After watching about five minutes of the trip that Bryan, his family and his friends took, here’s what I learned:
The North Platte River in Alcova, Wyoming, is one of the best places to catch (and release) wild brown and rainbow trout.
There’s usually an average of about 3,000 trout — mostly rainbow — per river mile.
You can wade or fish from your boat, and it looks like Bryan did a little bit of both. 


Alex Williams’ Cosmic Country Flows on Better Than Myself

What the His Debut Album Says About the State of Country Music 

Depending on the artist, it’s every music maker’s dream to create songs that are bigger and better than themselves — music that withstands the test of time long after they’re gone.
Alex Williams, a 26-year-old native of Pendleton, Indiana, did just that with his full length debut album Better Than Myself. The 12-song collection is a colorful mix of honky-tonk and cosmic country that stands up to the material heard on impactful debuts such as Guy Clark’s Old No. 1, Steve Earle’s Guitar Town and Todd Snider’s Songs for the Daily Planet.
The timing of Williams’ music could not be more perfect. He is part of an undercurrent of rising hard country stalwarts like Paul Cauthen, Cody Jinks, Cody Johnson, Nikki Lane and Margo Price who are all gaining in popularity by the minute. Contributing to this honky-tonk movement is a combination of defining moments that occurred within the last decade.
Jamey Johnson laid the foundation for this return to hard country with 2008’s That Lonesome Song and his 2010 double album The Guitar Song. Now clean and sober, Johnson continues to create and plays to packed audiences every time he tours. This summer, he added a horn section to his band.
Chris Stapleton sweeping the 2015 CMA Awards and his following success at the 58th annual Grammy Awards catapulted him to superstardom and exposed a greater fan demand for more country music that speaks to everyday life (and not just what happens on Friday and Saturday).
Kacey Musgraves and Jason Isbell each delivered career-defining albums such as Musgraves’ Same Trailer, Different Park and Pageant Material; and Isbell’s Southeastern, Something More Than Free and The Nashville Sound.
In February, Sturgill Simpson picked up his first Grammy for best country album for A Sailor’s Guide to Earth, which was also nominated in the all-genre album of the year category.
Miranda Lambert poured her heart out on The Weight of These Wings, her first double album following her split from her ex-husband Blake Shelton. The collection has gone platinum since its 2016 release.
Storytellers like Brandy Clark, Ashley Monroe, Angaleena Presley and Charlie Worsham continue to captivate with their distinctive imagery in song. Then there’s the Texas contingent represented by the Randy Rogers Band, Turnpike Troubadours and others whom fans can trust to tour and play until the day they die.
All of this has essentially happened without the support of corporate country radio, which continues to favor pop and rock-influenced country by predominantly male artists.
During our cold beer conversation for at Williams’ home away from home, Nashville’s Red Door Saloon on Division Street, he said he believes his career off to a good start. At the time, Williams was fresh off a six-month tour with Aaron Lewis where he was introduced to hundreds of loyal hard country fans night after night.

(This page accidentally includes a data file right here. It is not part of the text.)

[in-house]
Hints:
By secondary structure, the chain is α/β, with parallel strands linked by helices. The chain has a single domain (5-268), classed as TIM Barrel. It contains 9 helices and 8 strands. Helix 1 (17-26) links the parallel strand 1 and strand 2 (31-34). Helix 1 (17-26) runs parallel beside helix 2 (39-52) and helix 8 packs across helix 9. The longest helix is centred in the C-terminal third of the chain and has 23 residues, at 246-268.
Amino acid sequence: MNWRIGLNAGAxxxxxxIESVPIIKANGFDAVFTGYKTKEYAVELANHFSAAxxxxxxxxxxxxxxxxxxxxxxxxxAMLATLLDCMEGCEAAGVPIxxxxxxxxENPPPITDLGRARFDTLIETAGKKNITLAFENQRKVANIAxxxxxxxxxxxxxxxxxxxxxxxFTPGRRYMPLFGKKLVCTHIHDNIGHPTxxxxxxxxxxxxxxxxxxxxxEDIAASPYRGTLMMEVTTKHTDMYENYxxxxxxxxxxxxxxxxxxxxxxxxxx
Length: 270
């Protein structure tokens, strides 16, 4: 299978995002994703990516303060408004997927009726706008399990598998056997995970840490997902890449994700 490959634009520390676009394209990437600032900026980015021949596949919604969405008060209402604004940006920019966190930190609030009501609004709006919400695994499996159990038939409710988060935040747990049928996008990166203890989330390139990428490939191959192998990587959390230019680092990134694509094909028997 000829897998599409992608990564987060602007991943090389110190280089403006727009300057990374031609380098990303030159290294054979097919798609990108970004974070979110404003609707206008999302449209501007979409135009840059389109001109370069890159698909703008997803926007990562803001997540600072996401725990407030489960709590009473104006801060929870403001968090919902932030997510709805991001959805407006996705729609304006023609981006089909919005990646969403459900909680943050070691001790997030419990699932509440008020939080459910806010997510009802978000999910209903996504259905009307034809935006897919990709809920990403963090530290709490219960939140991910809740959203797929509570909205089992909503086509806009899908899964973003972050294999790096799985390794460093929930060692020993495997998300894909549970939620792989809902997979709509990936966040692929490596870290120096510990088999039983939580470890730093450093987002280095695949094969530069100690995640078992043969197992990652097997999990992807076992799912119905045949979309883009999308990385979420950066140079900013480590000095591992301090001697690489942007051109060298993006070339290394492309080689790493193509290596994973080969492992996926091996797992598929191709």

“I’m happy that there’s people who are doing traditional stuff and making a living out there playing music,” Williams said. “I’m just doing what inspires me. It’s always come full circle to me. I might be wrong. But it feels good that people still care about traditional sounding shit.”
They certainly do. Millions of fans from around the world continue to make pilgrimages to America’s music capitals to satisfy their love for traditional roots music. For jazz, they travel New Orleans or New York. For blues and soul, there’s Chicago, Memphis, Muscle Shoals, Alabama or Clarksdale, Mississippi. Bristol, Tennessee has bluegrass, traditional folk and country, while Austin and Nashville offer a taste of everything.
“I love country music that sounds traditional, and I always have that quirky mentality on things,” Williams said. “I love Jerry Jeff Walker and all the ’70s Texas guys. I think that really translates to my mindset as far as where my head’s at. I’m not trying to bash pop country music because there’s a market for everything. But I think being safe, that’s been a huge problem.
“I’m not trying to be an outlaw or whatever,” he added. “I just love thinking outside of the box. Cosmic country is my deal. There’s definitely a spacey vibe with this album. I think we’ve captured that, and I hope we capture it more on the next one.”
Most of the songs on Better Than Myself are inspired by Williams’ life within the last decade, and some were written within the two months leading up to his two-day recording session with Grammy-nominated producer and songwriter Julian Raymond.
Basic tracking was done live with an all-star cast of session players including drummer Victor Indrizzo (Willie Nelson, Emmylou Harris), keyboard player Matt Rollings (Lyle Lovett, Mark Knopfler), bassist Joeie Canaday (Leann Rimes, Steven Curtis Chapman), pedal steel player Dan Dugmore (James Taylor, Linda Ronstadt) and guitarists Tom Bukovac (Don Henley, Stevie Nicks) and J.T. Corenflos (Dolly Parton, Alan Jackson).
The high lonesome harmonica solos on the title track is by Willie Nelson’s longtime harp player Mickey Raphael. The song’s lyrics are loosely inspired by a comment the drummer of Williams’ former band once said to him.